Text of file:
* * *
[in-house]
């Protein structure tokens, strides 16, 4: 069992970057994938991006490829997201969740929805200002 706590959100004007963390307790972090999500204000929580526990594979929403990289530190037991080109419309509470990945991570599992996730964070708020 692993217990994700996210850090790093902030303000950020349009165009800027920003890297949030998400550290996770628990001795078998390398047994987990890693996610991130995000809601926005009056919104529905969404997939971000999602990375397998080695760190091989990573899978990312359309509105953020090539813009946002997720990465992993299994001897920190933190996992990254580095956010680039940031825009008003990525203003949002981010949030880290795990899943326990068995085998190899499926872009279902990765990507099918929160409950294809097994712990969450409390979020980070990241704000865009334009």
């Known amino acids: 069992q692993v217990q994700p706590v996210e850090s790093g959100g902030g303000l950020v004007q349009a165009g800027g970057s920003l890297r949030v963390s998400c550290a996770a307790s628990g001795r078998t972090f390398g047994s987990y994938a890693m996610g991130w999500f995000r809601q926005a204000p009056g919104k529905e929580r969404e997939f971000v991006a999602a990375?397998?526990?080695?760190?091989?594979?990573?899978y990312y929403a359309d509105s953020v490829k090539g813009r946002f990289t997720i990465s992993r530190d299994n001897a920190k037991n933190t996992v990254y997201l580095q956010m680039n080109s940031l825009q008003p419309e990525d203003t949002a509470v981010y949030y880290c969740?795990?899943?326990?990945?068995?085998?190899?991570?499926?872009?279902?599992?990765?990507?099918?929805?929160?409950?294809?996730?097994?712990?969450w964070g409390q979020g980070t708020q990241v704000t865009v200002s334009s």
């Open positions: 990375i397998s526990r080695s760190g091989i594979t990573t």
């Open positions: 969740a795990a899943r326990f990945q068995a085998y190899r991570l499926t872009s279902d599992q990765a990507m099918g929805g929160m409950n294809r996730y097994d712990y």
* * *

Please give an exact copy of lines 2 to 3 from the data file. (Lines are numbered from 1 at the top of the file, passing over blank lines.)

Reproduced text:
């Protein structure tokens, strides 16, 4: 069992970057994938991006490829997201969740929805200002 706590959100004007963390307790972090999500204000929580526990594979929403990289530190037991080109419309509470990945991570599992996730964070708020 692993217990994700996210850090790093902030303000950020349009165009800027920003890297949030998400550290996770628990001795078998390398047994987990890693996610991130995000809601926005009056919104529905969404997939971000999602990375397998080695760190091989990573899978990312359309509105953020090539813009946002997720990465992993299994001897920190933190996992990254580095956010680039940031825009008003990525203003949002981010949030880290795990899943326990068995085998190899499926872009279902990765990507099918929160409950294809097994712990969450409390979020980070990241704000865009334009």
């Known amino acids: 069992q692993v217990q994700p706590v996210e850090s790093g959100g902030g303000l950020v004007q349009a165009g800027g970057s920003l890297r949030v963390s998400c550290a996770a307790s628990g001795r078998t972090f390398g047994s987990y994938a890693m996610g991130w999500f995000r809601q926005a204000p009056g919104k529905e929580r969404e997939f971000v991006a999602a990375?397998?526990?080695?760190?091989?594979?990573?899978y990312y929403a359309d509105s953020v490829k090539g813009r946002f990289t997720i990465s992993r530190d299994n001897a920190k037991n933190t996992v990254y997201l580095q956010m680039n080109s940031l825009q008003p419309e990525d203003t949002a509470v981010y949030y880290c969740?795990?899943?326990?990945?068995?085998?190899?991570?499926?872009?279902?599992?990765?990507?099918?929805?929160?409950?294809?996730?097994?712990?969450w964070g409390q979020g980070t708020q990241v704000t865009v200002s334009s």